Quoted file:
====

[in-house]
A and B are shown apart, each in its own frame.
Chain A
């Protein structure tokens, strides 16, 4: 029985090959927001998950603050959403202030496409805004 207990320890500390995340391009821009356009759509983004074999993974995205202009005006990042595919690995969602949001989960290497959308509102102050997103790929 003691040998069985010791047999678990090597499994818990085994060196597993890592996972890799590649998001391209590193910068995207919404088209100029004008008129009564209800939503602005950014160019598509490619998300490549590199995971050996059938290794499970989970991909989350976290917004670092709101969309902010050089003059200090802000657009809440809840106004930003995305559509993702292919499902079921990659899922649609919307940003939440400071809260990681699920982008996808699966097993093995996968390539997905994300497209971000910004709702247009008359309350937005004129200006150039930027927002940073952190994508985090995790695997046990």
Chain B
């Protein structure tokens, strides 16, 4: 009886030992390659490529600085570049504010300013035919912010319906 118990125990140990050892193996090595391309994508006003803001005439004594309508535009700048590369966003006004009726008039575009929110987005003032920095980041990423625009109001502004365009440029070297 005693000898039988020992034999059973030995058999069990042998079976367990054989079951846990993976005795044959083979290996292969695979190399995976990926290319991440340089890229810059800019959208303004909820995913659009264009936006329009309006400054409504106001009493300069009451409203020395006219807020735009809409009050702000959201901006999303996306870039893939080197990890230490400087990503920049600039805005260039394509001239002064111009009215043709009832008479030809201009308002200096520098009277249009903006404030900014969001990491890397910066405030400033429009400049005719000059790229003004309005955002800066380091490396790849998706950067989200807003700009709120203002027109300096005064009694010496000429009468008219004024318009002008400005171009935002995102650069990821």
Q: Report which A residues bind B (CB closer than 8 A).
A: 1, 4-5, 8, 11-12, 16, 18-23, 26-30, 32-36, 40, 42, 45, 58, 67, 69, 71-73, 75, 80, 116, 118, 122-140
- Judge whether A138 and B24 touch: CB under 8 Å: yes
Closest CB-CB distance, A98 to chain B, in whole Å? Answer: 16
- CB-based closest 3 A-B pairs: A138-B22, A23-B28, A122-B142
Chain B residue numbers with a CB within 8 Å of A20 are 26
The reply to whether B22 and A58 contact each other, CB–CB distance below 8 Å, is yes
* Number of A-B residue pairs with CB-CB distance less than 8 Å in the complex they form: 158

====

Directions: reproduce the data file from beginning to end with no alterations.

[in-house]
A and B are shown apart, each in its own frame.
Chain A
């Protein structure tokens, strides 16, 4: 029985090959927001998950603050959403202030496409805004 207990320890500390995340391009821009356009759509983004074999993974995205202009005006990042595919690995969602949001989960290497959308509102102050997103790929 003691040998069985010791047999678990090597499994818990085994060196597993890592996972890799590649998001391209590193910068995207919404088209100029004008008129009564209800939503602005950014160019598509490619998300490549590199995971050996059938290794499970989970991909989350976290917004670092709101969309902010050089003059200090802000657009809440809840106004930003995305559509993702292919499902079921990659899922649609919307940003939440400071809260990681699920982008996808699966097993093995996968390539997905994300497209971000910004709702247009008359309350937005004129200006150039930027927002940073952190994508985090995790695997046990």
Chain B
């Protein structure tokens, strides 16, 4: 009886030992390659490529600085570049504010300013035919912010319906 118990125990140990050892193996090595391309994508006003803001005439004594309508535009700048590369966003006004009726008039575009929110987005003032920095980041990423625009109001502004365009440029070297 005693000898039988020992034999059973030995058999069990042998079976367990054989079951846990993976005795044959083979290996292969695979190399995976990926290319991440340089890229810059800019959208303004909820995913659009264009936006329009309006400054409504106001009493300069009451409203020395006219807020735009809409009050702000959201901006999303996306870039893939080197990890230490400087990503920049600039805005260039394509001239002064111009009215043709009832008479030809201009308002200096520098009277249009903006404030900014969001990491890397910066405030400033429009400049005719000059790229003004309005955002800066380091490396790849998706950067989200807003700009709120203002027109300096005064009694010496000429009468008219004024318009002008400005171009935002995102650069990821």
Q: Report which A residues bind B (CB closer than 8 A).
A: 1, 4-5, 8, 11-12, 16, 18-23, 26-30, 32-36, 40, 42, 45, 58, 67, 69, 71-73, 75, 80, 116, 118, 122-140
- Judge whether A138 and B24 touch: CB under 8 Å: yes
Closest CB-CB distance, A98 to chain B, in whole Å? Answer: 16
- CB-based closest 3 A-B pairs: A138-B22, A23-B28, A122-B142
Chain B residue numbers with a CB within 8 Å of A20 are 26
The reply to whether B22 and A58 contact each other, CB–CB distance below 8 Å, is yes
* Number of A-B residue pairs with CB-CB distance less than 8 Å in the complex they form: 158